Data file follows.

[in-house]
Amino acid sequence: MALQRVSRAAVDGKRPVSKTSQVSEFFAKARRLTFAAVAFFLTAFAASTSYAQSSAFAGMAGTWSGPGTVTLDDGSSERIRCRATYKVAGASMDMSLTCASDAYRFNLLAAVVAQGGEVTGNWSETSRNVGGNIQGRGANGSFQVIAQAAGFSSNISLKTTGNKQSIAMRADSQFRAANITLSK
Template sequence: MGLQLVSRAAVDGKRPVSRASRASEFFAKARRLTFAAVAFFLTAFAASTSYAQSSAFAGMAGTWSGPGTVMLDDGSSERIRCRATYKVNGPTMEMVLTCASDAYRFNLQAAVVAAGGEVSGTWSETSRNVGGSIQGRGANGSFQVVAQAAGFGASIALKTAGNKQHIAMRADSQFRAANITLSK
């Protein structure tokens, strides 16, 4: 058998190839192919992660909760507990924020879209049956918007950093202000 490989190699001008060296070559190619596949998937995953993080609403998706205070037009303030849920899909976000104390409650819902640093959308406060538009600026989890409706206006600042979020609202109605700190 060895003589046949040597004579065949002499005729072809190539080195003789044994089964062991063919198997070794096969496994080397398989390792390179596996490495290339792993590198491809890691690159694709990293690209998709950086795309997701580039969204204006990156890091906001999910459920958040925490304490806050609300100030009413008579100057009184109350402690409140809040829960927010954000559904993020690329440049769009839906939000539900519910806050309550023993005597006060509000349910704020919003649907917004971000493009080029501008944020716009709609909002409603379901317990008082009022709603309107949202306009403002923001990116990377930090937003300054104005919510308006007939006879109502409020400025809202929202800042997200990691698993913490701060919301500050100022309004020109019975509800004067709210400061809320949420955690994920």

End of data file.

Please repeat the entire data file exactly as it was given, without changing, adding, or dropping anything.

[in-house]
Amino acid sequence: MALQRVSRAAVDGKRPVSKTSQVSEFFAKARRLTFAAVAFFLTAFAASTSYAQSSAFAGMAGTWSGPGTVTLDDGSSERIRCRATYKVAGASMDMSLTCASDAYRFNLLAAVVAQGGEVTGNWSETSRNVGGNIQGRGANGSFQVIAQAAGFSSNISLKTTGNKQSIAMRADSQFRAANITLSK
Template sequence: MGLQLVSRAAVDGKRPVSRASRASEFFAKARRLTFAAVAFFLTAFAASTSYAQSSAFAGMAGTWSGPGTVMLDDGSSERIRCRATYKVNGPTMEMVLTCASDAYRFNLQAAVVAAGGEVSGTWSETSRNVGGSIQGRGANGSFQVVAQAAGFGASIALKTAGNKQHIAMRADSQFRAANITLSK
């Protein structure tokens, strides 16, 4: 058998190839192919992660909760507990924020879209049956918007950093202000 490989190699001008060296070559190619596949998937995953993080609403998706205070037009303030849920899909976000104390409650819902640093959308406060538009600026989890409706206006600042979020609202109605700190 060895003589046949040597004579065949002499005729072809190539080195003789044994089964062991063919198997070794096969496994080397398989390792390179596996490495290339792993590198491809890691690159694709990293690209998709950086795309997701580039969204204006990156890091906001999910459920958040925490304490806050609300100030009413008579100057009184109350402690409140809040829960927010954000559904993020690329440049769009839906939000539900519910806050309550023993005597006060509000349910704020919003649907917004971000493009080029501008944020716009709609909002409603379901317990008082009022709603309107949202306009403002923001990116990377930090937003300054104005919510308006007939006879109502409020400025809202929202800042997200990691698993913490701060919301500050100022309004020109019975509800004067709210400061809320949420955690994920």